SLT decided to review their M&E processes in 2019 as it felt that we were capturing a lot of data and information from our participants, but weren’t able to use a lot of it in a more meaningful way to understand our impact.
For example one question on the feedback forms asks about ‘Enjoyment Factor’, this feedback was very consistently positive, thus not helping us learn much about the nuances of our service’s impact except that participants enjoyed the events. We wanted to review our questions to ensure that the data we gather is more informative, continues to place participants at the heart of our work and demonstrates our impact.
What are the challenges of monitoring and evaluation?
We received feedback from those who completed SLT feedback forms regularly that revealed that completing the paper forms after each activity can feel repetitive. Our participants also felt that they rarely saw the effect of their feedback; was it being digested by SLT? And what was SLT doing with the feedback? We want to make sure that as an organisation we only ask for information that we will use to inform our service, our funder needs, or other decision making.
Another challenge is about how we monitored our reach. We had previously only been asking for very basic information from our participants which did not easily allow us to identify if we were reaching people experiencing mental distress & isolation or loneliness. For example we invited participants to let us know if they had a disability that would be worthwhile for us to know, but did not specify about mental health.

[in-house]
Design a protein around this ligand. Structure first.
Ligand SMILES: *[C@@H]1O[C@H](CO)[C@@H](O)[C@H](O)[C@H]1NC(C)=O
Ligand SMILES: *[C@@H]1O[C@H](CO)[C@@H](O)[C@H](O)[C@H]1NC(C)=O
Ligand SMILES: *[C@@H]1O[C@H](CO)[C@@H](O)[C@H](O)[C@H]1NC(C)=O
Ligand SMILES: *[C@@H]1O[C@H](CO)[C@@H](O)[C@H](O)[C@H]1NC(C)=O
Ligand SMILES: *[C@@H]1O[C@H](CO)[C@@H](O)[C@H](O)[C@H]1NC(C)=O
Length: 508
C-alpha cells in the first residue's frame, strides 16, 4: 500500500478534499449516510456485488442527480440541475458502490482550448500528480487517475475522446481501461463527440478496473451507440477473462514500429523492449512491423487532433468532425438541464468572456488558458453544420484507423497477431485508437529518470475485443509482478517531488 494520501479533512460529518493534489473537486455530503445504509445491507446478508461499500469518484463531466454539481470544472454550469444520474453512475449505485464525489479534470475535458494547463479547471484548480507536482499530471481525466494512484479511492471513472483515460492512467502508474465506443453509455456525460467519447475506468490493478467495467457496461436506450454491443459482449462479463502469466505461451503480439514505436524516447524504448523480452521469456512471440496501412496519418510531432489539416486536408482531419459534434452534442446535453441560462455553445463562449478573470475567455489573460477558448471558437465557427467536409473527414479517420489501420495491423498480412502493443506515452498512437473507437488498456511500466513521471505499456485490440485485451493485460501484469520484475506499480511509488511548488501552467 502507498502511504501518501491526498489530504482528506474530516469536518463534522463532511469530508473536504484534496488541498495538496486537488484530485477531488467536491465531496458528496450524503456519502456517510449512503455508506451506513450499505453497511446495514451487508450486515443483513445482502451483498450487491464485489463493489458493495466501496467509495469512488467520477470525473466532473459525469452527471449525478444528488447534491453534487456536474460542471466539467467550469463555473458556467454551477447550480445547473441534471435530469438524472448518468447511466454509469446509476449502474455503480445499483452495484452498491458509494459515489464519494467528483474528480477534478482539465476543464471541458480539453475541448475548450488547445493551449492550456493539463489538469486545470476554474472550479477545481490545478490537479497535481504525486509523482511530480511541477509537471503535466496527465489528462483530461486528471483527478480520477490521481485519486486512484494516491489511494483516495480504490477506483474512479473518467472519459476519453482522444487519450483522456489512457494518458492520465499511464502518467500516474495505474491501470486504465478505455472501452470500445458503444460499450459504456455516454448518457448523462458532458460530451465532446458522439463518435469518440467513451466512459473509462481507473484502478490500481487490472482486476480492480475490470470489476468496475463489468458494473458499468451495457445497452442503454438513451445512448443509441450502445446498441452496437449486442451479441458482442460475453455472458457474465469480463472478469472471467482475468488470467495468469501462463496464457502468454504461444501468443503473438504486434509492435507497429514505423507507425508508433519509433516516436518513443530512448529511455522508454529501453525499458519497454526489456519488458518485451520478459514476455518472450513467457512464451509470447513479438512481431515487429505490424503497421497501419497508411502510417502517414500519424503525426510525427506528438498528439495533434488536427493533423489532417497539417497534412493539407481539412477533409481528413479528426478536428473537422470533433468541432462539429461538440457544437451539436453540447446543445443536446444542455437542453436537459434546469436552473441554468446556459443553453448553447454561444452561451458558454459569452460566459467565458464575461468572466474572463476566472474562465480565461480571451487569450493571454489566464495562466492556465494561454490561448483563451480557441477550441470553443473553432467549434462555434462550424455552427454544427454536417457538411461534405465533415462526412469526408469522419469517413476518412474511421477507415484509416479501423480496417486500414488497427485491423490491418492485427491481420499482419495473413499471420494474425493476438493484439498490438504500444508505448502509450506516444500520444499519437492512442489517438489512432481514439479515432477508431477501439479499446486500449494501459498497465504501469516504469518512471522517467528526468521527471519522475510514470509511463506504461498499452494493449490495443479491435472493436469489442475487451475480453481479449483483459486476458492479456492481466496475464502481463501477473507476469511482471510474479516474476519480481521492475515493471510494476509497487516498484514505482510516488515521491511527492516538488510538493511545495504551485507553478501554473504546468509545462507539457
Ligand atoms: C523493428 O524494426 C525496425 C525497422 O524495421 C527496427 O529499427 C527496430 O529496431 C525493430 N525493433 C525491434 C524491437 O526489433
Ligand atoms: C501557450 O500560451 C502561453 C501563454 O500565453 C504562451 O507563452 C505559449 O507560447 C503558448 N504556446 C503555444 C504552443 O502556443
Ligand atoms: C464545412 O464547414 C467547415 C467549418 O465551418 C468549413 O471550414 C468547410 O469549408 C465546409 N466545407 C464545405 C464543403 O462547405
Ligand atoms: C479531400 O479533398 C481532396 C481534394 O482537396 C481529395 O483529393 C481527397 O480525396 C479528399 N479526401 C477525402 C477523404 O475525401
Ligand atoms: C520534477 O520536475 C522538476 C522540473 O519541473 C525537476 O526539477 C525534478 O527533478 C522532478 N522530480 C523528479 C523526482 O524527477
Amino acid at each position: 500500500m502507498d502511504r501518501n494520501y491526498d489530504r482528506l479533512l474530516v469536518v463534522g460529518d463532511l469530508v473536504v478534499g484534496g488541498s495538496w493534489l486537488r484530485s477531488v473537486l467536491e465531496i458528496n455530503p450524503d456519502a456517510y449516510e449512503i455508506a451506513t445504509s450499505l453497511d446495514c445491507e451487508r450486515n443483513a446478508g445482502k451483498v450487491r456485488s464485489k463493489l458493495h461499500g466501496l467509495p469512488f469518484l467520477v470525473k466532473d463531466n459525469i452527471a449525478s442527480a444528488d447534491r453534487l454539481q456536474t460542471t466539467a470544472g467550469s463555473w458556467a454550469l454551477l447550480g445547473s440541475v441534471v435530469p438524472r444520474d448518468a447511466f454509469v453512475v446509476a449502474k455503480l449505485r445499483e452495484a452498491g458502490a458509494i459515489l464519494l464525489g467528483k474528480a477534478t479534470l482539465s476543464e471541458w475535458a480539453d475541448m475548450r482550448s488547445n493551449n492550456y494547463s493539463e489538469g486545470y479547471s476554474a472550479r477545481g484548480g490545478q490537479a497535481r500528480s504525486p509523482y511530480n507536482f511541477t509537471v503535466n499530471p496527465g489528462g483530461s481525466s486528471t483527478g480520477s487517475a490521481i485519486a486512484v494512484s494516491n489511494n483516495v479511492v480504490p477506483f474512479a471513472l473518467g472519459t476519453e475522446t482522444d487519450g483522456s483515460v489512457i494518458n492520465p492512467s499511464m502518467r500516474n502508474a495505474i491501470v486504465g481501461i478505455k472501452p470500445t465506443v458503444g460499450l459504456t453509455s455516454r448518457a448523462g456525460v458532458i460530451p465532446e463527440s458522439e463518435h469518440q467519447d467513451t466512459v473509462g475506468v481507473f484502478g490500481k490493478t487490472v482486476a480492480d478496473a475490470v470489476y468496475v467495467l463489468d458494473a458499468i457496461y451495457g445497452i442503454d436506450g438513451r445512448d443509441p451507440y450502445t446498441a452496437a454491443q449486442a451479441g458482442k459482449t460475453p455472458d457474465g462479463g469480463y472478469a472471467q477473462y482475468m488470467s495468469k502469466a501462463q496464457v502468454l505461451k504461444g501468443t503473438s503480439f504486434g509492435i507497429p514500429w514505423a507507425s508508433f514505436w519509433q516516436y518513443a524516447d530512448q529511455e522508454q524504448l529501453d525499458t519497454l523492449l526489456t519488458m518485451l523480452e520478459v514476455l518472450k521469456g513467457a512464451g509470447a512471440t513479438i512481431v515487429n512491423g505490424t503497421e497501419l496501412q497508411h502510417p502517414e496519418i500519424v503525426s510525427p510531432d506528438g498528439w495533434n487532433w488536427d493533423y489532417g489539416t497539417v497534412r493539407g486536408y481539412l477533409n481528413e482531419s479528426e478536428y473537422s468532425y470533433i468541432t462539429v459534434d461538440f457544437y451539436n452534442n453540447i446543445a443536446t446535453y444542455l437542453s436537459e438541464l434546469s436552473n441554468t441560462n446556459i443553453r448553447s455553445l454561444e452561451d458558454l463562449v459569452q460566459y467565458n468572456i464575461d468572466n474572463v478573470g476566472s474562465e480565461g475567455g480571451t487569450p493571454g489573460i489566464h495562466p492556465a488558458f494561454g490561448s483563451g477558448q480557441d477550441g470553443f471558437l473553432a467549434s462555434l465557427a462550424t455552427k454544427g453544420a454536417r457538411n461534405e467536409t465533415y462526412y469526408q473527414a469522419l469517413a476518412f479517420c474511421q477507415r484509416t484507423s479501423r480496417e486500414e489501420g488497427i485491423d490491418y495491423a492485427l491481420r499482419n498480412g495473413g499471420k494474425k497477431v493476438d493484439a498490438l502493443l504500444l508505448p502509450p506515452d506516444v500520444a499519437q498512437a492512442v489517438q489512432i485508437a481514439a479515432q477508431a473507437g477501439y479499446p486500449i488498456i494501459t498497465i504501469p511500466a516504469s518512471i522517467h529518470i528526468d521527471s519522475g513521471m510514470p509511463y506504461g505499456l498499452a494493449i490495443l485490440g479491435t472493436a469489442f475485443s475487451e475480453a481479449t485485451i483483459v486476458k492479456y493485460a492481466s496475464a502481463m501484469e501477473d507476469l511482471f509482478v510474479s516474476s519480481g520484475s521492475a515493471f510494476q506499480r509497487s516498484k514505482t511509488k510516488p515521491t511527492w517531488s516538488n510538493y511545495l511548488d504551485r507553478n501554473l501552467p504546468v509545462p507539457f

The final challenge, was that by using 4 different types of feedback forms from participants at various stages, we did not have consistent data that was easy for us to analyse. The questions on each feedback form were slightly different from each-other. In addition, we were collecting a lot of feedback from Friday Evening events but not from other activities.
Read our next blog to find out how we tried to overcome these.
How you can use monitoring and evaluation to reflect on your mission
Invite key stakeholders to a discussion about your mission. These could be your staff, volunteer reps, client reps and trustees. Ensure that there is a diverse set of voices in the room that represent difference experiences across the organisation.
- Define the key concepts with you r mission
- Assess whether your current processes are generating data that is useful and necessary
- Identify your challenges and think about how you can overcome these
- Zavaleta D, Samuel K, Mills C. Social isolation: a conceptual and measurement proposal. POPHI Working Paper No 67, Oxford Poverty and Human Development Initiative, 2014. (as referenced LINK )
- Bachmann, CL and Gooch, B (2018). LGBT in Britain: Trans report. Stonewall and YouGov. (as referenced HERE)
- RARE Research Report, PACE (2015) ( & referenced HERE)
- Singleton et al., 1998; Department of Health (2007) (as referenced HERE)
- ONS. Annual Population Survey: Disability and Loneliness (2019). (as referenced HERE)
- UK Refugee Council, 2019 (as referenced HERE)